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Have you ever had the need to send a weekly update email sharing specific data from CRM, but there isn’t any specific trigger you can use? Or, you want to send an email notification months or even years based on a date on a record? Rather than setting off lots of workflows with a timeout clause (which leaves you with lots of pending system jobs), how about scheduling recurring emails using a workflow instead?
This post shows how to do that using two solutions I use quite regularly. One is Workflow Scheduler by Lucas Alexander, and the other is Workflow Elements by Aiden Kaskela. We will use Workflow Elements in a workflow to get the results we want to add to an email, and us Workflow Scheduler to determine when the email gets sent and select our workflow to get the details.
I recently did a presentation all about Net Promoter Score, so tying in to that, I will create a weekly email which will give me the overall NPS for the organisation, and a list of the Promoters, Passives and Detractors for the previous week. The first thing to do is create some views. These can be system or personal views. I’ll create 4, one for the overall NPS information, then one for each of the contacts and the NPS type they could fall in to. Now I will create my workflow. The entity you run the workflow on is important. I only want to have one email go out with all details included, rather than running it once for every contact or account. So my workflow will run against the business unit entity. Make sure you set this to run as a child process and make sure nothing is ticked in the section for determining when it runs.
Next, we are going to add four steps choosing the ‘Query – Get Results’ option from the Workflow Elements solution we installed.
In the properties for each step, we need to define two things (you can use more of the settings of course if you wish). That’s going to be the table header background colour, and one of the views we created.
Once you have added all of the query elements, we then add a final step which is to send an email.
Create the body of the email, and for each step, use the local values and then get the results for each step you created previously (make sure you name the steps so that it’s obvious which results you are pulling in to the email.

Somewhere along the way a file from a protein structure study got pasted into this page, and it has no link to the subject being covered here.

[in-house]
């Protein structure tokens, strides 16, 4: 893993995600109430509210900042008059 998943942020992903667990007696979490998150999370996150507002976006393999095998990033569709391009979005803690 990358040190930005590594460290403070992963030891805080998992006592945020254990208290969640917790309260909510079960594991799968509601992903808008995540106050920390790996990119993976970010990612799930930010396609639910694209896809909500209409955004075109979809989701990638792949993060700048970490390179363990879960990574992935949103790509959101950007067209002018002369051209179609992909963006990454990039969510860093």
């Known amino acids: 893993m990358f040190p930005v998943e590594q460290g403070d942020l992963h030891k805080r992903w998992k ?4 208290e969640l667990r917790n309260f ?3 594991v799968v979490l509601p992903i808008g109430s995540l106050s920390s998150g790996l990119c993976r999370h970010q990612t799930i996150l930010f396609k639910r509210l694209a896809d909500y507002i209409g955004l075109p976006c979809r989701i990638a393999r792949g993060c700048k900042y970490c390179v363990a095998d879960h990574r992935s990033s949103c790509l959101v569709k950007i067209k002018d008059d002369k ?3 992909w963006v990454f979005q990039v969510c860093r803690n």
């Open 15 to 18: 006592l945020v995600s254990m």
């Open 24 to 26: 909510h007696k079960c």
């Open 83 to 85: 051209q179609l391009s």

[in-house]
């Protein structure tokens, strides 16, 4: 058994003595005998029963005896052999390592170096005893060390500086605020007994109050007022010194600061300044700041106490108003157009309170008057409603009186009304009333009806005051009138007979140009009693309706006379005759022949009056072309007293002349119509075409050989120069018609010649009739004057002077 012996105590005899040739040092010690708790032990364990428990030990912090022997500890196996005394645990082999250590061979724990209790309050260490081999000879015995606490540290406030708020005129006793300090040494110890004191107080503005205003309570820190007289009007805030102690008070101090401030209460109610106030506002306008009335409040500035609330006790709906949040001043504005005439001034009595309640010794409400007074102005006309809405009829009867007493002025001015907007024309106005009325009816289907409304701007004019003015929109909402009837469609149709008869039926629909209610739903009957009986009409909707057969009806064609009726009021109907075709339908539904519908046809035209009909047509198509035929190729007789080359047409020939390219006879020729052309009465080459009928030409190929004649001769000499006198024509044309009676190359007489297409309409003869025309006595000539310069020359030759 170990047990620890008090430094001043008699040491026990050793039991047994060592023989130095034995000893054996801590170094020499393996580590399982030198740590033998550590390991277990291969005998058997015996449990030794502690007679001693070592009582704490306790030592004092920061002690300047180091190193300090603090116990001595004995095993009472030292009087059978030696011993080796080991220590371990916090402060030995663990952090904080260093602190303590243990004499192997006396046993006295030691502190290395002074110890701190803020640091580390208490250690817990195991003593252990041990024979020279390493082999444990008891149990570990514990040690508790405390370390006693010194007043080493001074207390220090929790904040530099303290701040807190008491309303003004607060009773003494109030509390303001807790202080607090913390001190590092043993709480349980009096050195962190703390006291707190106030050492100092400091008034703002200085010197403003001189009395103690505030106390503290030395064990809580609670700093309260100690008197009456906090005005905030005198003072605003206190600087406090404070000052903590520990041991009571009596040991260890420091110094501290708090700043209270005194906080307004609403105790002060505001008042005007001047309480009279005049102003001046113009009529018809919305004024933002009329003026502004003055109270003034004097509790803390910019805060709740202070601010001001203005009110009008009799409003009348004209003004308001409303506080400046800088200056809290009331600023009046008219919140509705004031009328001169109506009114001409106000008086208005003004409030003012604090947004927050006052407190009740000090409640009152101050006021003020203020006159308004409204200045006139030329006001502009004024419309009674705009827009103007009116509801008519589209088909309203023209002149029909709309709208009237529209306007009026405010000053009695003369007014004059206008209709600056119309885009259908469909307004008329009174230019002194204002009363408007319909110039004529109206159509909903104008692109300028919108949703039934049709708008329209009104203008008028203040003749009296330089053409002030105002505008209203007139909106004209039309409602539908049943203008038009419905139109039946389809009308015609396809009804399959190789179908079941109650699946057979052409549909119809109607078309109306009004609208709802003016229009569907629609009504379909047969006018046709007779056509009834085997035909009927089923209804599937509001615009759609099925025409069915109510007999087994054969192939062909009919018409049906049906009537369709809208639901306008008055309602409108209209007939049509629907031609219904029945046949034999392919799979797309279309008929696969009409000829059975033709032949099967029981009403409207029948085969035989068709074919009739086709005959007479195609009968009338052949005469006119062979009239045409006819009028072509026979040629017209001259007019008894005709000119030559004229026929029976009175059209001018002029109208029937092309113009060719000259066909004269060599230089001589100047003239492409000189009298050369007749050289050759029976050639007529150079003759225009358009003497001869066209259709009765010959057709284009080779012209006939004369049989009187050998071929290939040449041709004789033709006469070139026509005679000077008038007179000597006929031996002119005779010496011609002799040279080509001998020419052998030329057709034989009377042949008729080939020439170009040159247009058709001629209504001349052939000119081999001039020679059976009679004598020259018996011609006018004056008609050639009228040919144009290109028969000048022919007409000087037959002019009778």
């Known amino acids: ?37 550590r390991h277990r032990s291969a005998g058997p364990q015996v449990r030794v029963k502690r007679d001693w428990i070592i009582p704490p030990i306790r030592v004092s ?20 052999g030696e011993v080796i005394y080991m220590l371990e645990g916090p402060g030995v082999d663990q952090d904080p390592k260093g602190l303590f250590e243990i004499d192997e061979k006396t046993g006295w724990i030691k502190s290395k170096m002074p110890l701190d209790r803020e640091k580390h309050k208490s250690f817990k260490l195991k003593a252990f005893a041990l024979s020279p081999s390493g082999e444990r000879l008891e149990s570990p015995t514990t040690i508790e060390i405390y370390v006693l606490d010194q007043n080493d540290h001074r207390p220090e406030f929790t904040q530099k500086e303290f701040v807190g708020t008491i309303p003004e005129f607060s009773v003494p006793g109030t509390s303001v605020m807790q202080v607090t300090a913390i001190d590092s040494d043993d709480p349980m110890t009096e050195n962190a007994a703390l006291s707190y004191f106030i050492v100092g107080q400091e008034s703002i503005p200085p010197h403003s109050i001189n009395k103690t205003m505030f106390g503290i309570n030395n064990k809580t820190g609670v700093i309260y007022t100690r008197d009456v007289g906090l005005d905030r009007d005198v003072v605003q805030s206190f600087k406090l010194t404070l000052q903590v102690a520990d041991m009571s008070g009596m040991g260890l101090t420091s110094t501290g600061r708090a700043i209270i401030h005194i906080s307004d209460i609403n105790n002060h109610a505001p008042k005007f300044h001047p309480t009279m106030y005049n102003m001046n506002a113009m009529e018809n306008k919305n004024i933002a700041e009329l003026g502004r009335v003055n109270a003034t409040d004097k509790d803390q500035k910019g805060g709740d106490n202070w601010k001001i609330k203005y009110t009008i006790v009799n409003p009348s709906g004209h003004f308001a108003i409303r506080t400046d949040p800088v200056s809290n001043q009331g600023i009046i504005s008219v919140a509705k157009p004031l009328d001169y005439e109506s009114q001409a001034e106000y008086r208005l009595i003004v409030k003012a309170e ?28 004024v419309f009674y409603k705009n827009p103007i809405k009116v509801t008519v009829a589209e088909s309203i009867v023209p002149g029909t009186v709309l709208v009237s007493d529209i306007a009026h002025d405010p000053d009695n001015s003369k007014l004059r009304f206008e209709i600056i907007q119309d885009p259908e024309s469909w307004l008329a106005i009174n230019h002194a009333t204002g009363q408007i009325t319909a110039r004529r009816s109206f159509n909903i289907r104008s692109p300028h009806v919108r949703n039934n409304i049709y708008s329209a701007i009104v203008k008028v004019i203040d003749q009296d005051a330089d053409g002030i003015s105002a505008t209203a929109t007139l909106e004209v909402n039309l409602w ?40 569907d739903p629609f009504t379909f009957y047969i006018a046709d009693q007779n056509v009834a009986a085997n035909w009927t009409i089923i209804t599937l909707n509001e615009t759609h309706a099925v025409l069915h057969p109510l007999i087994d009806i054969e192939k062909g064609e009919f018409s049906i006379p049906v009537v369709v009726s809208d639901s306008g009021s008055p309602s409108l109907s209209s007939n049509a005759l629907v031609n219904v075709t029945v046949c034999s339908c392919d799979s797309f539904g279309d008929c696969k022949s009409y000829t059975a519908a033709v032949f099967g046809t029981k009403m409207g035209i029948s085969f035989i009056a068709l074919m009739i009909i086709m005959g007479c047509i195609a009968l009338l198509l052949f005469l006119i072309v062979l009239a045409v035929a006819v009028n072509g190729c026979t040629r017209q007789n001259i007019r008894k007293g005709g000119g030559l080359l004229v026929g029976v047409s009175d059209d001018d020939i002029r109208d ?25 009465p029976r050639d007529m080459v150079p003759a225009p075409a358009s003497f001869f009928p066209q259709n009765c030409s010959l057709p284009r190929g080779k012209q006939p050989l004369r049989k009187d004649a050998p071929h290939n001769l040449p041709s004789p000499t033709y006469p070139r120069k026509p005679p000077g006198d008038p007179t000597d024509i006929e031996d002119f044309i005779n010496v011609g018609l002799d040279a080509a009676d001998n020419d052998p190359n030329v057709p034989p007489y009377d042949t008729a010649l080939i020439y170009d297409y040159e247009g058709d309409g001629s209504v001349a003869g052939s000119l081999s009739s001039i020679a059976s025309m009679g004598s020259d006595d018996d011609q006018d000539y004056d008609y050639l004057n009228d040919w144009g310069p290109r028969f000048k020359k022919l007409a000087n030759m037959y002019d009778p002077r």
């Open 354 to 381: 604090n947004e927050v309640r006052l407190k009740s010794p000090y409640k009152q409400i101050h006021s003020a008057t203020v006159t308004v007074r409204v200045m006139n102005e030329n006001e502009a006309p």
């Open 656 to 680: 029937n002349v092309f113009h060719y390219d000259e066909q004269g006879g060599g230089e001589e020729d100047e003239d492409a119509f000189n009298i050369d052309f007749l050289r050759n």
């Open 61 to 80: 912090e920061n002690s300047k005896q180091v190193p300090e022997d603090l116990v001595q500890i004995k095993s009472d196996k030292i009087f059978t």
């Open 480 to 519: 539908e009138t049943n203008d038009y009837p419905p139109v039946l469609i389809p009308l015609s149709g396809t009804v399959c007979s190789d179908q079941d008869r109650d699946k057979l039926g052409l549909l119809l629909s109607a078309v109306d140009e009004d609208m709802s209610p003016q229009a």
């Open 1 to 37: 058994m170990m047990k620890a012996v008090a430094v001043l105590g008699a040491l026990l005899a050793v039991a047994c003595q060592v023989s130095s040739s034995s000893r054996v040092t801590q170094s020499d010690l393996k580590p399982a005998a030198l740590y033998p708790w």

You then need to make sure you pick Query Results (HTML) from the list of options for each value.
Now that the workflow is finished, make sure you activate it – then we can schedule it to run on a weekly basis. The first thing to do is open the Workflow Scheduler solution, then go to the Recurring process entity. Tick the settings box so that it will display in the menu. You can always add your new recurring process via Advanced Find, but this just makes it easier for you to find and access. Publish the solution and then refresh your screen. You should then be able to access this from the settings area of the menu.
We will give the recurring process a name, then type in the name of the entity to run the workflow against. We can then determine the frequency (hourly, daily or weekly). Finally, we need to add in a FetchXML query to determine which records to run the workflow against. This query can be created using Advanced Find, then clicking on the Download FetchXML button at the top of the query. Make sure you are 100% sure about your query. As mentioned, the query is used to determine which records to run the Workflow against (along with the entity type). So if you run something against an Account or Contact for example, the workflow you use will run for each record that the query returns. This is why in my instance it’s running against the business unit entity, and the query is set to only return the parent business unit, which will only give one record to run the workflow against.
Finally, test the process. Just set the date/time for a few minutes from that point and wait for the end result. Review it, make sure the email looks the way you want it to, then make sure to update the date and time for the next moment you want it to run!
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